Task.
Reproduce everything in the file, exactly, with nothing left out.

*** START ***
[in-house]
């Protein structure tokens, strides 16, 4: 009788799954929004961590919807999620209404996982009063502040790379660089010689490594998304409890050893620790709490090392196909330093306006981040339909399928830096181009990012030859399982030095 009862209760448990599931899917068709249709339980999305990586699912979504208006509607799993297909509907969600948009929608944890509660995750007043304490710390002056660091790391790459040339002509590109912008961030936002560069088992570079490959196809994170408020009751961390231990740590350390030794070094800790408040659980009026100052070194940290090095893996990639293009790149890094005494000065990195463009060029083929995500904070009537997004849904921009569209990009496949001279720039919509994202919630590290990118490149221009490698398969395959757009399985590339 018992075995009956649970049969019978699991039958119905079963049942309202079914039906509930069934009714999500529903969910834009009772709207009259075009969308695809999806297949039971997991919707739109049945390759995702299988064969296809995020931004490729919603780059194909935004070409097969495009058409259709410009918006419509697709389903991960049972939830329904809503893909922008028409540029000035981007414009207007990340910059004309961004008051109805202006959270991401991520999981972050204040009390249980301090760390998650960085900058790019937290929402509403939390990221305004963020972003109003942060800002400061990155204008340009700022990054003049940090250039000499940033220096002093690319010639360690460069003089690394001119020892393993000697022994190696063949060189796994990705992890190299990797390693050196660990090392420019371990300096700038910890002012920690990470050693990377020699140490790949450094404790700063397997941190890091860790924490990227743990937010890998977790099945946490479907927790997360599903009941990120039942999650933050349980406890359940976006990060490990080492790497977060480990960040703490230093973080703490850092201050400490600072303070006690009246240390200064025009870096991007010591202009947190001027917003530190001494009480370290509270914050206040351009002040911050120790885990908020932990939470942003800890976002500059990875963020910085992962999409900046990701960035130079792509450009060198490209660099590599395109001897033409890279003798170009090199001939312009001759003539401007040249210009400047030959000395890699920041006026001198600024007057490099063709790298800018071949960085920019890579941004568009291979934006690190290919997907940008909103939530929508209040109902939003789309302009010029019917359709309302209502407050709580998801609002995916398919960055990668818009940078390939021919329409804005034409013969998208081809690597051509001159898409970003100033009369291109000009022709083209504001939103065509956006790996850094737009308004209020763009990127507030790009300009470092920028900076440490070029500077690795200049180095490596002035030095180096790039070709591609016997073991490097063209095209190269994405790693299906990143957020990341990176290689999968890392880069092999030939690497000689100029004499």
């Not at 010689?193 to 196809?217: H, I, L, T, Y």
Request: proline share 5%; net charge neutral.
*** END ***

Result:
[in-house]
């Protein structure tokens, strides 16, 4: 009788799954929004961590919807999620209404996982009063502040790379660089010689490594998304409890050893620790709490090392196909330093306006981040339909399928830096181009990012030859399982030095 009862209760448990599931899917068709249709339980999305990586699912979504208006509607799993297909509907969600948009929608944890509660995750007043304490710390002056660091790391790459040339002509590109912008961030936002560069088992570079490959196809994170408020009751961390231990740590350390030794070094800790408040659980009026100052070194940290090095893996990639293009790149890094005494000065990195463009060029083929995500904070009537997004849904921009569209990009496949001279720039919509994202919630590290990118490149221009490698398969395959757009399985590339 018992075995009956649970049969019978699991039958119905079963049942309202079914039906509930069934009714999500529903969910834009009772709207009259075009969308695809999806297949039971997991919707739109049945390759995702299988064969296809995020931004490729919603780059194909935004070409097969495009058409259709410009918006419509697709389903991960049972939830329904809503893909922008028409540029000035981007414009207007990340910059004309961004008051109805202006959270991401991520999981972050204040009390249980301090760390998650960085900058790019937290929402509403939390990221305004963020972003109003942060800002400061990155204008340009700022990054003049940090250039000499940033220096002093690319010639360690460069003089690394001119020892393993000697022994190696063949060189796994990705992890190299990797390693050196660990090392420019371990300096700038910890002012920690990470050693990377020699140490790949450094404790700063397997941190890091860790924490990227743990937010890998977790099945946490479907927790997360599903009941990120039942999650933050349980406890359940976006990060490990080492790497977060480990960040703490230093973080703490850092201050400490600072303070006690009246240390200064025009870096991007010591202009947190001027917003530190001494009480370290509270914050206040351009002040911050120790885990908020932990939470942003800890976002500059990875963020910085992962999409900046990701960035130079792509450009060198490209660099590599395109001897033409890279003798170009090199001939312009001759003539401007040249210009400047030959000395890699920041006026001198600024007057490099063709790298800018071949960085920019890579941004568009291979934006690190290919997907940008909103939530929508209040109902939003789309302009010029019917359709309302209502407050709580998801609002995916398919960055990668818009940078390939021919329409804005034409013969998208081809690597051509001159898409970003100033009369291109000009022709083209504001939103065509956006790996850094737009308004209020763009990127507030790009300009470092920028900076440490070029500077690795200049180095490596002035030095180096790039070709591609016997073991490097063209095209190269994405790693299906990143957020990341990176290689999968890392880069092999030939690497000689100029004499």
């Not at 010689?193 to 196809?217: H, I, L, T, Y």
Request: proline share 5%; net charge neutral.